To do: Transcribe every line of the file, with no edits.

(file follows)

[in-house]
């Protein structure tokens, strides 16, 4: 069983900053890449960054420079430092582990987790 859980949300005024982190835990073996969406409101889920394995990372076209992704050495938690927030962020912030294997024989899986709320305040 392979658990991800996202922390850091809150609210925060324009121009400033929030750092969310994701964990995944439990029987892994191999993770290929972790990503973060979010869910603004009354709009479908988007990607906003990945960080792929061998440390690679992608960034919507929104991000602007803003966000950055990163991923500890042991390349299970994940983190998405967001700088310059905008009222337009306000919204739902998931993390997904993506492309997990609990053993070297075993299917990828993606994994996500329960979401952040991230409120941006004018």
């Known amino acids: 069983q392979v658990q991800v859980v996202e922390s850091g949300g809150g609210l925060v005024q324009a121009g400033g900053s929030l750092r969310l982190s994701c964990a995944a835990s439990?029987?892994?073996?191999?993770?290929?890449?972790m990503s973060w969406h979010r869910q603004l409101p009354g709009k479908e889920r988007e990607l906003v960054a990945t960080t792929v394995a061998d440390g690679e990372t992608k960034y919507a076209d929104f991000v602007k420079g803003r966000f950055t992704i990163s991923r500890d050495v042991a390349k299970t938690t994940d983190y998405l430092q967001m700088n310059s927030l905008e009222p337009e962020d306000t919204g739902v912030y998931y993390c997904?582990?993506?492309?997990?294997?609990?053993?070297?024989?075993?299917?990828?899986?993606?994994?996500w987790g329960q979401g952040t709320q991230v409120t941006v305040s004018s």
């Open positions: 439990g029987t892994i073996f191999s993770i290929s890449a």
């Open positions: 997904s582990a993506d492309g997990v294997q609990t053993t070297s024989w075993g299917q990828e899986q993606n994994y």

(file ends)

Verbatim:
[in-house]
């Protein structure tokens, strides 16, 4: 069983900053890449960054420079430092582990987790 859980949300005024982190835990073996969406409101889920394995990372076209992704050495938690927030962020912030294997024989899986709320305040 392979658990991800996202922390850091809150609210925060324009121009400033929030750092969310994701964990995944439990029987892994191999993770290929972790990503973060979010869910603004009354709009479908988007990607906003990945960080792929061998440390690679992608960034919507929104991000602007803003966000950055990163991923500890042991390349299970994940983190998405967001700088310059905008009222337009306000919204739902998931993390997904993506492309997990609990053993070297075993299917990828993606994994996500329960979401952040991230409120941006004018």
């Known amino acids: 069983q392979v658990q991800v859980v996202e922390s850091g949300g809150g609210l925060v005024q324009a121009g400033g900053s929030l750092r969310l982190s994701c964990a995944a835990s439990?029987?892994?073996?191999?993770?290929?890449?972790m990503s973060w969406h979010r869910q603004l409101p009354g709009k479908e889920r988007e990607l906003v960054a990945t960080t792929v394995a061998d440390g690679e990372t992608k960034y919507a076209d929104f991000v602007k420079g803003r966000f950055t992704i990163s991923r500890d050495v042991a390349k299970t938690t994940d983190y998405l430092q967001m700088n310059s927030l905008e009222p337009e962020d306000t919204g739902v912030y998931y993390c997904?582990?993506?492309?997990?294997?609990?053993?070297?024989?075993?299917?990828?899986?993606?994994?996500w987790g329960q979401g952040t709320q991230v409120t941006v305040s004018s």
């Open positions: 439990g029987t892994i073996f191999s993770i290929s890449a």
């Open positions: 997904s582990a993506d492309g997990v294997q609990t053993t070297s024989w075993g299917q990828e899986q993606n994994y």